Yama: the pit eBook

This eBook from the Gutenberg Project consists of approximately 367 pages of information about Yama.

“Hm ...  To-day ...  I don’t vouch for it—­we will hardly manage it ...  But here is my memorandum book.  Well, take even this page, where are my friends under the letter T—­just write the very same way:  Tamara, and your address.  In two hours I will give you an answer.  Does that suit you?  But I repeat again, that probably you will have to postpone the burial till to-morrow ...  Then—­pardon my unceremoniousness—­is money needed, perhaps?”

“No, thank you!” refused Tamara.  “I have money.  Thanks for your interest! ...  It’s time for me to be going.  I thank you with all my heart, Ellen Victorovna! ...”

“Then expect it in two hours,” repeated Ryazanov, escorting her to the door.

Tamara did not at once ride away to the house.  She turned into a little coffee-house on Catholicheskaya Street on the way.  There Senka the Depot was waiting for her—­a gay fellow with the appearance of a handsome Tzigan; not black—­but blue-haired; black-eyed, with yellow whites; resolute and daring in his work; the pride of local thieves—­a great celebrity in their world, the first leader of experience, and a constant, all-night gamester.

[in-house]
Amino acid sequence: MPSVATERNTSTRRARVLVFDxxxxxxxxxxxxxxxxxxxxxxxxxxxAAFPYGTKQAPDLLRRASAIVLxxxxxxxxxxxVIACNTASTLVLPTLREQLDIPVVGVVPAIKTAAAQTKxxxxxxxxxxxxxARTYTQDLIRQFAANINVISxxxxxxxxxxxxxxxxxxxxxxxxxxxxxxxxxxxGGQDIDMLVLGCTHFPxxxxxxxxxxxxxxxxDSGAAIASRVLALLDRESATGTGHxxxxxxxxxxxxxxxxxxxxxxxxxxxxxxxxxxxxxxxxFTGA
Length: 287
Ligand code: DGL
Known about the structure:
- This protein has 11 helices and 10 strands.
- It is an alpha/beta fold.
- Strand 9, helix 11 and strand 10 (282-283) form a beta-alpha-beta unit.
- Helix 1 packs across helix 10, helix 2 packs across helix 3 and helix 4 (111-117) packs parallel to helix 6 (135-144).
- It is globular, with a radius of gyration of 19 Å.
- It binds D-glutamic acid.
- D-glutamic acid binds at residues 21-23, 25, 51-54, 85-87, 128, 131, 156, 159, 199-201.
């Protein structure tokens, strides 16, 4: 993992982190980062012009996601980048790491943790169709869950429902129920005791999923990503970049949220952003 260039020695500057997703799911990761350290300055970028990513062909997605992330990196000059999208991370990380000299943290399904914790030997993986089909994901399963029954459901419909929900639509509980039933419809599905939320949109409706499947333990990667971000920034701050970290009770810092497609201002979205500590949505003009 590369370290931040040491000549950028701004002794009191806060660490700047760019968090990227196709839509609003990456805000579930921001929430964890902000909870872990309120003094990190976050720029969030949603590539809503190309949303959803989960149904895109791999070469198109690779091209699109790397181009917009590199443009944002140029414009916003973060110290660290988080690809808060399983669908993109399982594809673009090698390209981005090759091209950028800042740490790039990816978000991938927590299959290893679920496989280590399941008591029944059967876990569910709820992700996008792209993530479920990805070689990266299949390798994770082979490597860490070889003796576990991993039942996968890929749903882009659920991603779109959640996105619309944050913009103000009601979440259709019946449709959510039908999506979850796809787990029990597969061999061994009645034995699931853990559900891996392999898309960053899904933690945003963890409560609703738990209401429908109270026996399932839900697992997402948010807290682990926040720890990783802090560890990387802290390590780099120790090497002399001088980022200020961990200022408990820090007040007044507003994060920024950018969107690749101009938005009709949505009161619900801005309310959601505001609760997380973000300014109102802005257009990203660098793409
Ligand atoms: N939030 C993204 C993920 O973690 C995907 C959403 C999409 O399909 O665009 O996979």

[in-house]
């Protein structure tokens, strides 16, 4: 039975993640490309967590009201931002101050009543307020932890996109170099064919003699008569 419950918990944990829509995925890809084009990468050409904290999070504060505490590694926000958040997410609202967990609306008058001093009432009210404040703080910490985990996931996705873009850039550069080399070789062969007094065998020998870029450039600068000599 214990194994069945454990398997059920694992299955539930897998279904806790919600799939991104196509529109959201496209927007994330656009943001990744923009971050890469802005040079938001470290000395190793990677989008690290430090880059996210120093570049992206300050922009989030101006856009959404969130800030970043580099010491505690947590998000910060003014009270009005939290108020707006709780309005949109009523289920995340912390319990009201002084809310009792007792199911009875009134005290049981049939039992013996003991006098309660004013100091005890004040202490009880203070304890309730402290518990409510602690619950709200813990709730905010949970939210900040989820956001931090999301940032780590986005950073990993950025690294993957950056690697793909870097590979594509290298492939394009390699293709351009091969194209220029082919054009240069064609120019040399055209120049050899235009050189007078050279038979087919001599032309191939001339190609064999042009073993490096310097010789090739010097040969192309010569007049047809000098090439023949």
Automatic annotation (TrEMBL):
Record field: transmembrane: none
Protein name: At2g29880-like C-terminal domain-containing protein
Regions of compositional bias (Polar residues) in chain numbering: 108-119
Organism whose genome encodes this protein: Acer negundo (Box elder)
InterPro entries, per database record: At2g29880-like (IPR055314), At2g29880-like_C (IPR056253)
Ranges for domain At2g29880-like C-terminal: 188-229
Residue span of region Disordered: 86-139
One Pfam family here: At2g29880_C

He stretched out his hand to her, without getting up.  But in the way in which he so carefully, with a certain force, seated her in her place could be seen a broad, good-natured endearment.

“How do you do, Tamarochka!  Haven’t seen you in a long time—­I grew weary ...  Do you want coffee?”

“No!  Business first ...  To-morrow we bury Jennka ...  She hanged herself...”  “Yes, I read it in a newspaper,” carelessly drawled out Senka through his teeth.  “What’s the odds? ...”

“Get fifty roubles for me at once.”

“Tamarochka, my sweetheart—­I haven’t a kopeck! ...”

“I’m telling you—­get them!” ordered Tamara, imperiously, but without getting angry.

“Oh, my Lord! ...  Yours, now, I didn’t touch, like I promised; but then, it’s Sunday ...  The savings banks are closed...”

“Let them! ...  Hock the savings book!  In general, it’s up to you!”

“Why do you need this, my dearie?”

“Isn’t it all the same to you, you fool? ...  For the funeral.”

“Oh!  Well, all right then!” sighed Senka.  “Then I’d best bring it to you myself in the evening ...  Right, Tamarochka? ...  It’s so very hard for me to stand it without you!  Oh, my dearie, how I’d kiss and kiss you; I wouldn’t let you close your eyes! ...  Shan’t I come? ...”

“No, no! ...  You do as I ask you, Senechka ...  Give in to me.  But you mustn’t come—­I’m housekeeper now.”

“Well, what d’you know about that! ...” drawled out the astonished Senka and even whistled.

“Yes.  And don’t you come to me in the meantime.  But afterwards, afterwards, sweetheart, whatever you desire ...  There will be an end to everything soon!”

“Oh, if you wouldn’t make me suffer so!  Wind things up as soon as you can!”

Copyrights
Project Gutenberg
Yama: the pit from Project Gutenberg. Public domain.
Follow Us on Facebook